Math search for the masses.

New: We are looking for a new PhD student to start in Fall 2020 - please see the "Jobs" page.

We are creating a system to make finding mathematical information easier. We want students of all ages and the general public to be able to quickly lookup unfamiliar symbols, and see how formulas are defined, used, and analyzed in online resources like WikipediaMath StackExchange, and technical document collections such as CiteSeerX.

These technologies will also be useful for math experts, and for exploring how math is used within and across disciplines. For example, a mathematician studying graph theory could use our system to find related applications in physics, ecology, and social networks.  

Research Goals

To be successful, we need to create innovative search engines, interfaces, and algorithms for extracting and recognizing math. Here are the research topics we are currently working on: 

  • How people search for math online
  • Search interfaces with easy formula authoring, easy inclusion of math in queries, and that present search results so they are easily read, organized, and reused 
  • Indexing and search techniques for individual formulas
  • Indexing and search techniques for document collections that contain both text and math, with support for queries that combine keywords and formulas
  • Fast and accurate recognition of math in handwriting and images
  • Fast and accurate extraction of math from web pages and technical documents (including PDF files, which do not represent the locations or content of formulas)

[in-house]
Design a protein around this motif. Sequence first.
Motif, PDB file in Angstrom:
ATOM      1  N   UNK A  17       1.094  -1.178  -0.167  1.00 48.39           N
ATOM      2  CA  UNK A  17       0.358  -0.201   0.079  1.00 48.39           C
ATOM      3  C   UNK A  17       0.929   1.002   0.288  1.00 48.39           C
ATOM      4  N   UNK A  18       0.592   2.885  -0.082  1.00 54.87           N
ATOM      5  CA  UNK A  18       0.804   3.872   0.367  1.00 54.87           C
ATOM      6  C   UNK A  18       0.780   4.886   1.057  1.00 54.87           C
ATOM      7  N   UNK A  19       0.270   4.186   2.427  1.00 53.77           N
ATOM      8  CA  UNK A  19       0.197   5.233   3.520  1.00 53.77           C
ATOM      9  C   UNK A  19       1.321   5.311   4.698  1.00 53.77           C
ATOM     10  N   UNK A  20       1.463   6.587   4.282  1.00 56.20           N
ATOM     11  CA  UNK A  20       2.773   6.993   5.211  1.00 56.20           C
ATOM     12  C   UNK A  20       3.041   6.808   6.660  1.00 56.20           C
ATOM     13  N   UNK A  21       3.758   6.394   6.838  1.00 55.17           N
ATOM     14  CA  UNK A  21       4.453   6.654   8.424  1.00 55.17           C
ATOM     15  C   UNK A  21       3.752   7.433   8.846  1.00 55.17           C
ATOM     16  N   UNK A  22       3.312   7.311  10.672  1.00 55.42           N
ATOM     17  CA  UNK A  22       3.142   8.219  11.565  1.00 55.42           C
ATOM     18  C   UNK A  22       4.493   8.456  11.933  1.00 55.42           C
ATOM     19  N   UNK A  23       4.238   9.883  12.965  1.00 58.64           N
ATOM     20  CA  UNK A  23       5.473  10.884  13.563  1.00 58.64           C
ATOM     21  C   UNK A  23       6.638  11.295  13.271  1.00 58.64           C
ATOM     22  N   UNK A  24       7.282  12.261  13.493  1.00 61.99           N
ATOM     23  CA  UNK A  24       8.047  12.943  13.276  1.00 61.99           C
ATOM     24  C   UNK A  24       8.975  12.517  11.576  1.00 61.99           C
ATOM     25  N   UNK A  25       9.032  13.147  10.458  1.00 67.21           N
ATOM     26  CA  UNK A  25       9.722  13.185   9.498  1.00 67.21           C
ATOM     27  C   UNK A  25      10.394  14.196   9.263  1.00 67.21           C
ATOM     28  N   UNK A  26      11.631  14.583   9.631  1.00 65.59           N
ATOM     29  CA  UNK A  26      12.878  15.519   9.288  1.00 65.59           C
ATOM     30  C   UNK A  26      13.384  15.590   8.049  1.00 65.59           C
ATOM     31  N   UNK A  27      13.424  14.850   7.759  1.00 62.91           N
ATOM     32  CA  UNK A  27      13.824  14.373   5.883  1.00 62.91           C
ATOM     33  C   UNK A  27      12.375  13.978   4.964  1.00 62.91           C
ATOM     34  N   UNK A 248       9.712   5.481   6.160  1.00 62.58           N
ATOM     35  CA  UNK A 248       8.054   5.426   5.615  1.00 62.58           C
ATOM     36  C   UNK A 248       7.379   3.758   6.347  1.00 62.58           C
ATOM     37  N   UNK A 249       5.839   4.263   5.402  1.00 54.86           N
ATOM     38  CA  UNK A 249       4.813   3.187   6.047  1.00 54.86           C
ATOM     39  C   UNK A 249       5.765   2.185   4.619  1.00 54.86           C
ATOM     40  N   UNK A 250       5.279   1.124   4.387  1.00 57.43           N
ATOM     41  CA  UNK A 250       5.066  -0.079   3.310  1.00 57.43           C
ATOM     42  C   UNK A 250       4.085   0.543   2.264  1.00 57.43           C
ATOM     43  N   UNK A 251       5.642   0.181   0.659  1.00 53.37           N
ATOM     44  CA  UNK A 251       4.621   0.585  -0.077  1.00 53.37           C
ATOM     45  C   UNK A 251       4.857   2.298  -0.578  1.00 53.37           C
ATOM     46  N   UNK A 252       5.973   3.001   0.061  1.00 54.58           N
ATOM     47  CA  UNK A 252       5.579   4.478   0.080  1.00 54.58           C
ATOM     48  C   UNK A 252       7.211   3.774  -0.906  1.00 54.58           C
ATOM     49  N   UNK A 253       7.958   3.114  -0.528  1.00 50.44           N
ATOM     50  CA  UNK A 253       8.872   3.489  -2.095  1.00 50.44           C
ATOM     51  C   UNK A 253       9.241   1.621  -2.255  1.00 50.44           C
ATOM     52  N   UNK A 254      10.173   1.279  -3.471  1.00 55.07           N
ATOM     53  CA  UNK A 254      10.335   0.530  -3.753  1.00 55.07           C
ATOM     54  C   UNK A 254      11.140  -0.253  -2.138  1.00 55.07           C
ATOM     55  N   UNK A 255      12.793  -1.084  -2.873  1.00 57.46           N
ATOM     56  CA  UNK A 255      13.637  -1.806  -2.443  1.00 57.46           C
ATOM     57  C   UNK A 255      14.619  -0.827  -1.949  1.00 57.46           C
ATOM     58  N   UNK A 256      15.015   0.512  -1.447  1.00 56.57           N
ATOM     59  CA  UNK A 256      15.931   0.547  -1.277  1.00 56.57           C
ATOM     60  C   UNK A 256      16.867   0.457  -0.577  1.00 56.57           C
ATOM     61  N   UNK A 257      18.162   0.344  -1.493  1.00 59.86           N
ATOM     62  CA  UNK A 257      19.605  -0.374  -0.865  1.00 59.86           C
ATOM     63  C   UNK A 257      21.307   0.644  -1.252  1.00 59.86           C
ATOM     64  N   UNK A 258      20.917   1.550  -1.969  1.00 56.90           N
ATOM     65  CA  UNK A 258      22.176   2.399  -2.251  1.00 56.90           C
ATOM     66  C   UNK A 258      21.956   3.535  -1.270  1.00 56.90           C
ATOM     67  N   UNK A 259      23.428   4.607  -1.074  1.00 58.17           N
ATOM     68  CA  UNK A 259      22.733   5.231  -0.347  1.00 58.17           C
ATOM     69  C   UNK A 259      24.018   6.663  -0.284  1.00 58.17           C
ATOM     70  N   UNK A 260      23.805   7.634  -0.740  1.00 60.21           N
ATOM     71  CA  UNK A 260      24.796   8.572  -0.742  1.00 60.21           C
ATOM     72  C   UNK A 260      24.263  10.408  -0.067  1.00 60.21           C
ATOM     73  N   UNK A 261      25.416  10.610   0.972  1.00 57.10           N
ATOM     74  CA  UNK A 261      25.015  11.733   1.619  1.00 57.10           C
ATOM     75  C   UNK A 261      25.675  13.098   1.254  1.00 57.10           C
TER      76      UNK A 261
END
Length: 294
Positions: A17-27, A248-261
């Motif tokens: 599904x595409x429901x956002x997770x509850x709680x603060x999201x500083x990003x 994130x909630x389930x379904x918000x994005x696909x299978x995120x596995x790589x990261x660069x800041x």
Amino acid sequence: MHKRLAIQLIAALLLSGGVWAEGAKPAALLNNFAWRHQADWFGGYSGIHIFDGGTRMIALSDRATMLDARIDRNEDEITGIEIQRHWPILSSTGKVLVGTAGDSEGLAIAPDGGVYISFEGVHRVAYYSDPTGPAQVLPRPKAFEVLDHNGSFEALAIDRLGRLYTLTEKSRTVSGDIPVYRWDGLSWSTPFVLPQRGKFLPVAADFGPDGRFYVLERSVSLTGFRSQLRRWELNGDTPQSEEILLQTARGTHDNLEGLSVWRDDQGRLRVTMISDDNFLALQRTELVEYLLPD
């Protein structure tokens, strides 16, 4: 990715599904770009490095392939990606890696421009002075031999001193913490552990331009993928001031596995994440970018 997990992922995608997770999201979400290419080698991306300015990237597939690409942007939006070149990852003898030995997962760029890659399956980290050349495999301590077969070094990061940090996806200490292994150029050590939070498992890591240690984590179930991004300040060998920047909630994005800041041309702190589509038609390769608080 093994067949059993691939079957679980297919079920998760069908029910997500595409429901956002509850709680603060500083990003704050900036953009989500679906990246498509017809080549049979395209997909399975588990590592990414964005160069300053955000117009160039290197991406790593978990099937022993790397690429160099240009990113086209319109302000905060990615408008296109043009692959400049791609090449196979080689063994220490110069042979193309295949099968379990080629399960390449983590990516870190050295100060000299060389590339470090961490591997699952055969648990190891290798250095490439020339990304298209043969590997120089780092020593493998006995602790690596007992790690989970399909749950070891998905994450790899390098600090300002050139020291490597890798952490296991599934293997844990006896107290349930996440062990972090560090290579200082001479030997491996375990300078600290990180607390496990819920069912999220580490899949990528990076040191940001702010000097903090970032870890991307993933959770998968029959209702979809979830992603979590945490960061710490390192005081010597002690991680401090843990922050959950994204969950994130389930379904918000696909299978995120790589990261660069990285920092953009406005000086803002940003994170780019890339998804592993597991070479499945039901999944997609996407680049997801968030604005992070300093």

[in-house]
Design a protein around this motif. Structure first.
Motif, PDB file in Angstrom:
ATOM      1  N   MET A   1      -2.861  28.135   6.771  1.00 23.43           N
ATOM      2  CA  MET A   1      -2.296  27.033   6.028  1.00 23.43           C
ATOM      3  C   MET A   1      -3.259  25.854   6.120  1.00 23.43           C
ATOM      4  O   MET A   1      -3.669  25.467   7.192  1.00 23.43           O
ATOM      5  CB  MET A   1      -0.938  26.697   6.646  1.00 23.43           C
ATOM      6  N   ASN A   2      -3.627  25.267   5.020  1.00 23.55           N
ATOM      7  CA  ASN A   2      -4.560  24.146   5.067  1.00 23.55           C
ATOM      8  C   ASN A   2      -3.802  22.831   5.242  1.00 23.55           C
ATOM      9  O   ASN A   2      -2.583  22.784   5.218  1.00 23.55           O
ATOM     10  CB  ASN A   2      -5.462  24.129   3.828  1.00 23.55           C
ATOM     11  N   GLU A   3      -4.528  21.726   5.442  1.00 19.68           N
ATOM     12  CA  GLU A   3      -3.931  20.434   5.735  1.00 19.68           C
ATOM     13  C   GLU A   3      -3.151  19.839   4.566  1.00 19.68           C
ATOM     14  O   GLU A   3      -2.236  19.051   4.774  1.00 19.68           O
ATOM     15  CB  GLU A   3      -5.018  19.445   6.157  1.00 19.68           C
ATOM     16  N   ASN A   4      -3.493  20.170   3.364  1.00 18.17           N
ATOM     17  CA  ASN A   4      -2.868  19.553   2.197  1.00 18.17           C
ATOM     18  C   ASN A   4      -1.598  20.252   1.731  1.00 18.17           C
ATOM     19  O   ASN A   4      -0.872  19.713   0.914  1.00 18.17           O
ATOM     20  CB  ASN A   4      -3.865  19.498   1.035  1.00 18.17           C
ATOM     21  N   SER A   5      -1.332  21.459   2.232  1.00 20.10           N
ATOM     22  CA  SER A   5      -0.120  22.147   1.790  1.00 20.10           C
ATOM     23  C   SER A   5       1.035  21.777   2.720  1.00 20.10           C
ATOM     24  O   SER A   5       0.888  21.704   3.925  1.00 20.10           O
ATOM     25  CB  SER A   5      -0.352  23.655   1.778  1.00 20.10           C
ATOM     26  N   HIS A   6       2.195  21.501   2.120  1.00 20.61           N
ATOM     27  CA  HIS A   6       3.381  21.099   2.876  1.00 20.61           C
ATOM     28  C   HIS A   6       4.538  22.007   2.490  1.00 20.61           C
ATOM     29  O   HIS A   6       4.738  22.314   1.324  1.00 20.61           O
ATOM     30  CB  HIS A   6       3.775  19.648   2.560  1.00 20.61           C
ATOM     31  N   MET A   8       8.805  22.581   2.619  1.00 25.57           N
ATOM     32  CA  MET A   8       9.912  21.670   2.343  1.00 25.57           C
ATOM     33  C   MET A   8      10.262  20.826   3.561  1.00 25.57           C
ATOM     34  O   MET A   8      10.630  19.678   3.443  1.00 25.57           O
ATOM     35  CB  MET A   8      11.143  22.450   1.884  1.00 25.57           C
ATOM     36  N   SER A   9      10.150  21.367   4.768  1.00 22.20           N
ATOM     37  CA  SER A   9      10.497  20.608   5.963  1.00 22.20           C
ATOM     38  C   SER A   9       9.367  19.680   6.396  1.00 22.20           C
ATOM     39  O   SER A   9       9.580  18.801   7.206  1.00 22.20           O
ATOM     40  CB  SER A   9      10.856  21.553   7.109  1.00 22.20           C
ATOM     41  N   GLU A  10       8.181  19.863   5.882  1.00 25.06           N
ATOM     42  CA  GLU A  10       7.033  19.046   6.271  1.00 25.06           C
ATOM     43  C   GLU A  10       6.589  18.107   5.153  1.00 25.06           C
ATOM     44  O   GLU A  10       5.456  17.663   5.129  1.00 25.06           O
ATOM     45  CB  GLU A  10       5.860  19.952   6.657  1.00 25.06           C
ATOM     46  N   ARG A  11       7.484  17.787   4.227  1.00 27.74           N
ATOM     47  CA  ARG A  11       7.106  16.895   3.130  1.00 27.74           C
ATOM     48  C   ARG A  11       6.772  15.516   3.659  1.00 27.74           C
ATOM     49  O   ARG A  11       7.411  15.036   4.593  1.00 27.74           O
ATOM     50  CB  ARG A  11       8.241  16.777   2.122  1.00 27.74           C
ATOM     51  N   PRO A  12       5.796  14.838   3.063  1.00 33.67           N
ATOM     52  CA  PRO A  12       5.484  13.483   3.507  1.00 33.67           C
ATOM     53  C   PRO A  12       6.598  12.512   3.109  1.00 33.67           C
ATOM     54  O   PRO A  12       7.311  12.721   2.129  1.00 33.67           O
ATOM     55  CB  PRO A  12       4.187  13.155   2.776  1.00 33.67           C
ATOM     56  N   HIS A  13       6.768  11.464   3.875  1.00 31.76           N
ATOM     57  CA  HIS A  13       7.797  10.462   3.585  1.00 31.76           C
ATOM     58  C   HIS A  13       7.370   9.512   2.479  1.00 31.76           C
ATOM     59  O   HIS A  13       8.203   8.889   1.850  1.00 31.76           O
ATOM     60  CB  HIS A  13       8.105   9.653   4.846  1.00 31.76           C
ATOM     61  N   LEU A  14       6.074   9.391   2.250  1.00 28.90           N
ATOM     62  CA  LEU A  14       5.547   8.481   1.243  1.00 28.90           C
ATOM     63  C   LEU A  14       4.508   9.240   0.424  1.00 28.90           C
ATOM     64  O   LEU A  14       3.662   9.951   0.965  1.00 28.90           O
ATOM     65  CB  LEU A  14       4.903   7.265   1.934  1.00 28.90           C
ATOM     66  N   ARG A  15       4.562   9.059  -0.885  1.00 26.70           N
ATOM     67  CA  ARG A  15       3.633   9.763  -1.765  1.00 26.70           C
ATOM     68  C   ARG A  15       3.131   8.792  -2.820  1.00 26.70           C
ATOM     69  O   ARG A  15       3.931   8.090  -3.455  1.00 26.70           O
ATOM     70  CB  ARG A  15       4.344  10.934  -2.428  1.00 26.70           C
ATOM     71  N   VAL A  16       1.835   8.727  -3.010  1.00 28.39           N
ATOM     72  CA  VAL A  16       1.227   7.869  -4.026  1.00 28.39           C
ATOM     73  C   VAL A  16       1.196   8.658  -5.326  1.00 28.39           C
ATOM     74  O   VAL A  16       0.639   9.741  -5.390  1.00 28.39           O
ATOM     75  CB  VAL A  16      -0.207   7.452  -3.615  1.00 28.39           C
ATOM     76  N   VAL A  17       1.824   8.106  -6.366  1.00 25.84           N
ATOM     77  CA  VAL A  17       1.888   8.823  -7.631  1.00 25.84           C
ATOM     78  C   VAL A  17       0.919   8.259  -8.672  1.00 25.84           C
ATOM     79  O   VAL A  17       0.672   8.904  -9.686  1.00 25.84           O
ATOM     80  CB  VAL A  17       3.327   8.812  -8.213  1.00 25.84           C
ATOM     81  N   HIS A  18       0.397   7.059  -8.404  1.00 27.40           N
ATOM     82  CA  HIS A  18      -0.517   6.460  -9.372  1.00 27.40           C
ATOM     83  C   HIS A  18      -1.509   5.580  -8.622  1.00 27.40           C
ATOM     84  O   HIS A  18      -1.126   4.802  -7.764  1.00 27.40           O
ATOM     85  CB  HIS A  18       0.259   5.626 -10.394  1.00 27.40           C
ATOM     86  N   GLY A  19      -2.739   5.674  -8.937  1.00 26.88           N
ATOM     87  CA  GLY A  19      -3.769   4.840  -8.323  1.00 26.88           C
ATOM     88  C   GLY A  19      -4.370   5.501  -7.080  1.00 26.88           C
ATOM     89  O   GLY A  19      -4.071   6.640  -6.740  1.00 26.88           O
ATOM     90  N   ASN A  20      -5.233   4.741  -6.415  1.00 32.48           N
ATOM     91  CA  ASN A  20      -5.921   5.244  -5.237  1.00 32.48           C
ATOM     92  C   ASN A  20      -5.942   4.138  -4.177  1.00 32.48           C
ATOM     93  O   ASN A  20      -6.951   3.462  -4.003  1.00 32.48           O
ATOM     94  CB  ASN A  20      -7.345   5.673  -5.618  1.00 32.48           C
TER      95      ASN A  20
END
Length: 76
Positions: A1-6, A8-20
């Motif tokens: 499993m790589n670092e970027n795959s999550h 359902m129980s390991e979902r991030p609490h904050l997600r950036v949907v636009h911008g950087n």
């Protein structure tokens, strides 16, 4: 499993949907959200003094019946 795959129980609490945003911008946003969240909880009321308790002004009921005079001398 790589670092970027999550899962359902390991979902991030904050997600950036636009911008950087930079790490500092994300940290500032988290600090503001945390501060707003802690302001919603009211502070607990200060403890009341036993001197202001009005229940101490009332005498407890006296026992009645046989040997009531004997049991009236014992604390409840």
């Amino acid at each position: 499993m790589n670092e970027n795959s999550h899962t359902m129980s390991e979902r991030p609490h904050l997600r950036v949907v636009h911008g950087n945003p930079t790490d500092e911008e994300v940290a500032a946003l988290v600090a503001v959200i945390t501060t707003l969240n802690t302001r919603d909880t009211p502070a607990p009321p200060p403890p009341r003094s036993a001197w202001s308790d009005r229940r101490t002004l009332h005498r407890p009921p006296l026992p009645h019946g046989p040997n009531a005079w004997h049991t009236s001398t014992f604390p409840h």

Related Activities

  • ARQMath. The Answer Retrieval for Questions on Math task will be held as part of CLEF 2020. The ARQMath web page and Twitter page have been set up. Stay tuned for updates!
  • CROHME + TFD 2019 Competition.  An international competition organized around data and evaluation tools concerned with advancing the state-of-the-art in handwritten formula recognition, and detecting formulas in document images. Mashad Mahdavi and Richard Zanibbi are co-organized the competition along with Harold Mouchère (Univ. Nantes, France) and Utpal Garain (ISI, India).  The ICDAR paper on the competition is now available.

The MathSeer Team

MathSeer is being developed through a collaboration of students and faculty at the Document and Pattern Recognition Lab at the Rochester Institute of Technology, and the Intelligent Information Systems Research Laboratory at PennState, along with faculty from the RIT Math department and the Computational Linguistics and Information Processing Lab at the University of Maryland, College Park.

Our multi-disciplinary team includes recognized experts in Information Retrieval, Pattern Recognition, Mathematics, and Math Education. Additional information may be found on the Members page.  


Support for the MathSeer Project

The MathSeer project is made possible through research grants from the Alfred P. Sloan Foundation and the National Science Foundation (USA). All materials on this website reflect the work and opinions of the project team, and not the Alfred P. Sloan Foundation or the NSF. 

MathSeer is supported by the Alfred P. Sloan Foundation and the National Science Foundation